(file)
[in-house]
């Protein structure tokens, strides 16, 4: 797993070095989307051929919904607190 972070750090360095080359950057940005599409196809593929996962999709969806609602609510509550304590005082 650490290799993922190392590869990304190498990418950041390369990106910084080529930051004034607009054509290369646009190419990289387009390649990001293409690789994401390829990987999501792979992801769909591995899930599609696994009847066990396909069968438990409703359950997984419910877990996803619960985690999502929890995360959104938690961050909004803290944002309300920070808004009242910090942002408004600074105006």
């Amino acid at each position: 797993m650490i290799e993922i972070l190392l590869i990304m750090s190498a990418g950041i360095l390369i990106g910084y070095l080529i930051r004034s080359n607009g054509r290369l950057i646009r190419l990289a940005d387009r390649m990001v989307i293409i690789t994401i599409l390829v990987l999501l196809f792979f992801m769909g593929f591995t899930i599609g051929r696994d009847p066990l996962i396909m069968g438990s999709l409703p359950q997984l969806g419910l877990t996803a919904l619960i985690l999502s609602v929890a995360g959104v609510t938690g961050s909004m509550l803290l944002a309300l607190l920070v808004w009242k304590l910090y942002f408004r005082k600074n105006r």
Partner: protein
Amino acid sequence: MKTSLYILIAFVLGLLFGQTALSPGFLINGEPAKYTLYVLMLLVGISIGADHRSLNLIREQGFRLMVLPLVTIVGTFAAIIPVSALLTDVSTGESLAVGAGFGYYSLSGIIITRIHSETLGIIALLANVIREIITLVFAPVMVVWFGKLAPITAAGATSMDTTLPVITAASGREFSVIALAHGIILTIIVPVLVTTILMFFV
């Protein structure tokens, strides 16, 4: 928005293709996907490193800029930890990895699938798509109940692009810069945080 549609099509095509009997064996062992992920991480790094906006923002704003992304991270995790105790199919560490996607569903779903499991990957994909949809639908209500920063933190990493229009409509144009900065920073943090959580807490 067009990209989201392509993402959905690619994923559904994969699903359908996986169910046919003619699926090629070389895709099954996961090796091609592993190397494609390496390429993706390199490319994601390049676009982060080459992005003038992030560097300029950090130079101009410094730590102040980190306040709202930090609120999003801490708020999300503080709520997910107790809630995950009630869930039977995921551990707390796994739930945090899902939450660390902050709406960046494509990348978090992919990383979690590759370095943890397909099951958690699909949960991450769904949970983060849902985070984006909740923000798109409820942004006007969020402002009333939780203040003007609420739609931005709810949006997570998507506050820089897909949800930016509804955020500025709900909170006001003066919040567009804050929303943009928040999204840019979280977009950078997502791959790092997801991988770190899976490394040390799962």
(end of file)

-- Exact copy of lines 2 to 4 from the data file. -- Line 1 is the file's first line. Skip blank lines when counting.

């Protein structure tokens, strides 16, 4: 797993070095989307051929919904607190 972070750090360095080359950057940005599409196809593929996962999709969806609602609510509550304590005082 650490290799993922190392590869990304190498990418950041390369990106910084080529930051004034607009054509290369646009190419990289387009390649990001293409690789994401390829990987999501792979992801769909591995899930599609696994009847066990396909069968438990409703359950997984419910877990996803619960985690999502929890995360959104938690961050909004803290944002309300920070808004009242910090942002408004600074105006």
């Amino acid at each position: 797993m650490i290799e993922i972070l190392l590869i990304m750090s190498a990418g950041i360095l390369i990106g910084y070095l080529i930051r004034s080359n607009g054509r290369l950057i646009r190419l990289a940005d387009r390649m990001v989307i293409i690789t994401i599409l390829v990987l999501l196809f792979f992801m769909g593929f591995t899930i599609g051929r696994d009847p066990l996962i396909m069968g438990s999709l409703p359950q997984l969806g419910l877990t996803a919904l619960i985690l999502s609602v929890a995360g959104v609510t938690g961050s909004m509550l803290l944002a309300l607190l920070v808004w009242k304590l910090y942002f408004r005082k600074n105006r």
Partner: protein